Headless Chickens played their first gig in almost a decade last Friday. The setlist was packed with great songs, the crowd was into it, the sound was excellent. They rocked.
Headless Chickens have been one of my favourite bands since the early ’90s, even though they pretty much called it a day in about 2000. I remember listening to their first recordings on BFM in New Zealand 20 years ago, and then the splash they made in Australia a few years later with their Body Blow album. I still listen to their music now, so imagine my surprise when the Fiona McDonald we met when we moved back to Auckland turned out to be Fiona Headless Chicken, whose sweet yet gutsy voice helped make the Chooks such a unique band. And imagine my even more surprised surprise when I found out that the band were going to re-form for a tour of Australia and New Zealand.
So along we went. The venue was the Powerstation in Mount Eden. The last act I saw there was Beats International, one of Norman Cook’s pre-Fatboy Slim guises, about 20 years ago. I was also there the night they ignored fire regulations and crammed 1400 people into the 600-capacity venue for a Deborah Harry show… now that was a hot night. It all seems so long ago now. Because it was. But this is 2008 and so we went in to see the support band Brand New Math giving their all to a few interested spectators. They made a decent noise, but I prefer their recorded output. Anyway, people came in throughout the evening so by the time the Chickens strolled on stage the Powerstation was full. And they started.
This was meant to be nothing more than a concert featuring three local Hong Kong singers. But it turned out to be lots of fun, if often incomprehensible, and had more strange, unexpected moments than you could shake a stick at, unless you’re really good at shaking sticks at strange, unexpected moments.
As a nod to the independent pop music scene in Hong Kong (such as it is), the Arts Festival included this show, featuring three local singer-songwriter types performing with a four-piece backing band.
Sunday was a beautiful day. Blue skies made it a bit easier to get up this morning, As usual, difficult to get out of bed in time for breakfast, but again it was well worth it, even if the omelette wasn’t as good as yesterday’s spring rolls.
Today there weren’t any must-see bands for us (he said dismissively) so we thought we’d have a bit of an outing. Part of the Festival was above the rest of the venue – a secluded play and performance space called Silent Breeze, and also an outdoor DJ sound system called Day Dreaming. To get there, you had to take the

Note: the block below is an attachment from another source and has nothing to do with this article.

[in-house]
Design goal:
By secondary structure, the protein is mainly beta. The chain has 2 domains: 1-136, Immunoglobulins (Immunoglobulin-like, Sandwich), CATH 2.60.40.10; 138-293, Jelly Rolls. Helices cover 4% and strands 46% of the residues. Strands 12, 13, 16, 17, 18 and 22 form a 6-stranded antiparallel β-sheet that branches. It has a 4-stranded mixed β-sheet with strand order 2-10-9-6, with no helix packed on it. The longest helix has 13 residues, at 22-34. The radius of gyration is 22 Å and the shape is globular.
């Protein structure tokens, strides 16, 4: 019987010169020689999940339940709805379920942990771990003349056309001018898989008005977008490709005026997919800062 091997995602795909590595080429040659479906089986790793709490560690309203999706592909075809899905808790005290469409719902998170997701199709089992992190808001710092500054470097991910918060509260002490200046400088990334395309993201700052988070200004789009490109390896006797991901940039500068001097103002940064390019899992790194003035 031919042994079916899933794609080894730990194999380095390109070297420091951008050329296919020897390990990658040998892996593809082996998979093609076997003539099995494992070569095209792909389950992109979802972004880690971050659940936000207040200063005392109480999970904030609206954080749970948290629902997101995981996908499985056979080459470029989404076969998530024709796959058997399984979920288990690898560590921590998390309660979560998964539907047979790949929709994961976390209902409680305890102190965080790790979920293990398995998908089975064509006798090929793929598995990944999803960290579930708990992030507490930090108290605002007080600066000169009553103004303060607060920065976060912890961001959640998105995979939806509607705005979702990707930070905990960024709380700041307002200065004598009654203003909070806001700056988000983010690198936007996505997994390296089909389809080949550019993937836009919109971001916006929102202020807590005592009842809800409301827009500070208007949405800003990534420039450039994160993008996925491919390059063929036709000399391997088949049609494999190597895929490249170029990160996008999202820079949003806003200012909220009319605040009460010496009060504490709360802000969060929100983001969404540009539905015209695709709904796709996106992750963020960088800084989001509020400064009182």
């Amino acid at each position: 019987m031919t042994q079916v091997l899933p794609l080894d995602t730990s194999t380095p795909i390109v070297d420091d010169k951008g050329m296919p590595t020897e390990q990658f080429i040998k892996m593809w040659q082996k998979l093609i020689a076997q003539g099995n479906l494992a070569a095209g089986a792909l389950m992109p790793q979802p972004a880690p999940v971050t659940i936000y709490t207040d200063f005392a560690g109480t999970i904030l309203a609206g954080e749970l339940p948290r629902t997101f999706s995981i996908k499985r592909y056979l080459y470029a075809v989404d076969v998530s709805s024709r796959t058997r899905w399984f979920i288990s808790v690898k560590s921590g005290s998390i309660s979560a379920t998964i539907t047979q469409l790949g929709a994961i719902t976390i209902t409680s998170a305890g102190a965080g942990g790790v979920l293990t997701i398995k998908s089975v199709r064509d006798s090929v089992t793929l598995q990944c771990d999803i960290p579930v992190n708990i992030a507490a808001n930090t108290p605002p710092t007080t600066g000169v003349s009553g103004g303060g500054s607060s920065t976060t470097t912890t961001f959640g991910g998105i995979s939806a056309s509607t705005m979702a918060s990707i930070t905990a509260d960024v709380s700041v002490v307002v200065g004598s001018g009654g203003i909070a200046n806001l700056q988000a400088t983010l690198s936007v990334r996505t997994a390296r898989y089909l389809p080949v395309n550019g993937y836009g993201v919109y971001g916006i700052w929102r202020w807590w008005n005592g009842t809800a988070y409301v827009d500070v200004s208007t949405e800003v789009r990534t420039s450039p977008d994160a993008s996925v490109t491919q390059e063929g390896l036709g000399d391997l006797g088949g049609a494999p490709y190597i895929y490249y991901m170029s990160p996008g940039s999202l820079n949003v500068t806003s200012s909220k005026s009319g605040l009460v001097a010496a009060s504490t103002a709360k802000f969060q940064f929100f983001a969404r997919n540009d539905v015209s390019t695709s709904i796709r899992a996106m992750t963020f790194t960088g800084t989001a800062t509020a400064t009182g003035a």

Dragondola cable car.
Dragged ourselves out of bed unenthusiastically for what we expected to be an unappetizing breakfast – it was included in the price of our room. Turned out to be delicious! Fried spring rolls, salad, grilled fish, pickles, and of course the breakfast staples of miso soup, rice and dried seaweed. We returned to our room feeling satisfied and then just lounged around for an hour or so. We decided to take it easy – the first band we wanted to see, Goldfrapp, weren’t on till 1 o’clock.
It was still raining a bit, so we thought we’d go to an onsen (hot spring bathhouse). There were a couple nearby (no doubt very popular during the ski season). One had outdoor baths, and we’d gotten discount tickets for it at last night’s restaurant, so in we went. Like most such places, the baths were segregated, so Jo and Lora went to the ladies’ bath and I to the gentlemen’s. It was crowded – I had to wait about 5 minutes for my pre-bath shower. Waiting in line is never fun, but even less so when you’re naked. Anyway, the bath was lovely, half-enclosed by a wooden roof and with nice trees to look at.
The best was saved for last – by the time we left the onsen, the rain had stopped and the sky was blue!
Crowd-surfing in the blazing sunshine, vodka-fuelled midnight revelry, and majestic views of Mount Fuji. That’s what any reasonable person would expect from the Fuji Rock Festival. Actually, for us it involved none of these things, but I still had such a good time that I’m already planning for next year’s festival.
The first Fuji Rock Festival was held on the slopes of Mount Fuji about eight years ago, but it’s been relocated a couple of times. These days it’s held in a ski resort called Naeba, about an hour or two out of central Tokyo.
I would like to have gone last year, but arrived in Japan a bit too late to organize it. But this year, thanks largely to Jo’s organizational efforts, I made it. On Friday morning, 25 July 2003, Joanne and I met up with Lora, and the three of us set out in search of music and fun.